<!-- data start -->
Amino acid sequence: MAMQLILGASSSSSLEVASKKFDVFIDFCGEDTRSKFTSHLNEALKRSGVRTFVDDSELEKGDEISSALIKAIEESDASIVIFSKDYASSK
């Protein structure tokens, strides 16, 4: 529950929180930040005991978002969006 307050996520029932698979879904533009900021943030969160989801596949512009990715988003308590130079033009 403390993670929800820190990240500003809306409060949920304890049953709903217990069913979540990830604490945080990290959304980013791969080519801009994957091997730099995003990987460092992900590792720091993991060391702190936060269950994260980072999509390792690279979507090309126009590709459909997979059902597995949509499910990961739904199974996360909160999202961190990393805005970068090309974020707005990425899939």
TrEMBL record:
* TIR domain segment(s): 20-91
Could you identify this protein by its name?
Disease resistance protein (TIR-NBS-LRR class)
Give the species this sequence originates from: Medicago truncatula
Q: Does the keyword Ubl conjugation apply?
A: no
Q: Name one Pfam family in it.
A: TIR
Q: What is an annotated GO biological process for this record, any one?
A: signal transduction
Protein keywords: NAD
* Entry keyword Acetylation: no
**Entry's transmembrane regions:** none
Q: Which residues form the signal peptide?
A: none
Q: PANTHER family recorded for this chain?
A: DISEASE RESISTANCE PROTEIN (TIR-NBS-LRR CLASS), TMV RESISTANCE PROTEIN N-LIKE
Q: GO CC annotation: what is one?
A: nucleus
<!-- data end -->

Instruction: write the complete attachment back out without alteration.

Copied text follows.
Amino acid sequence: MAMQLILGASSSSSLEVASKKFDVFIDFCGEDTRSKFTSHLNEALKRSGVRTFVDDSELEKGDEISSALIKAIEESDASIVIFSKDYASSK
């Protein structure tokens, strides 16, 4: 529950929180930040005991978002969006 307050996520029932698979879904533009900021943030969160989801596949512009990715988003308590130079033009 403390993670929800820190990240500003809306409060949920304890049953709903217990069913979540990830604490945080990290959304980013791969080519801009994957091997730099995003990987460092992900590792720091993991060391702190936060269950994260980072999509390792690279979507090309126009590709459909997979059902597995949509499910990961739904199974996360909160999202961190990393805005970068090309974020707005990425899939």
TrEMBL record:
* TIR domain segment(s): 20-91
Could you identify this protein by its name?
Disease resistance protein (TIR-NBS-LRR class)
Give the species this sequence originates from: Medicago truncatula
Q: Does the keyword Ubl conjugation apply?
A: no
Q: Name one Pfam family in it.
A: TIR
Q: What is an annotated GO biological process for this record, any one?
A: signal transduction
Protein keywords: NAD
* Entry keyword Acetylation: no
**Entry's transmembrane regions:** none
Q: Which residues form the signal peptide?
A: none
Q: PANTHER family recorded for this chain?
A: DISEASE RESISTANCE PROTEIN (TIR-NBS-LRR CLASS), TMV RESISTANCE PROTEIN N-LIKE
Q: GO CC annotation: what is one?
A: nucleus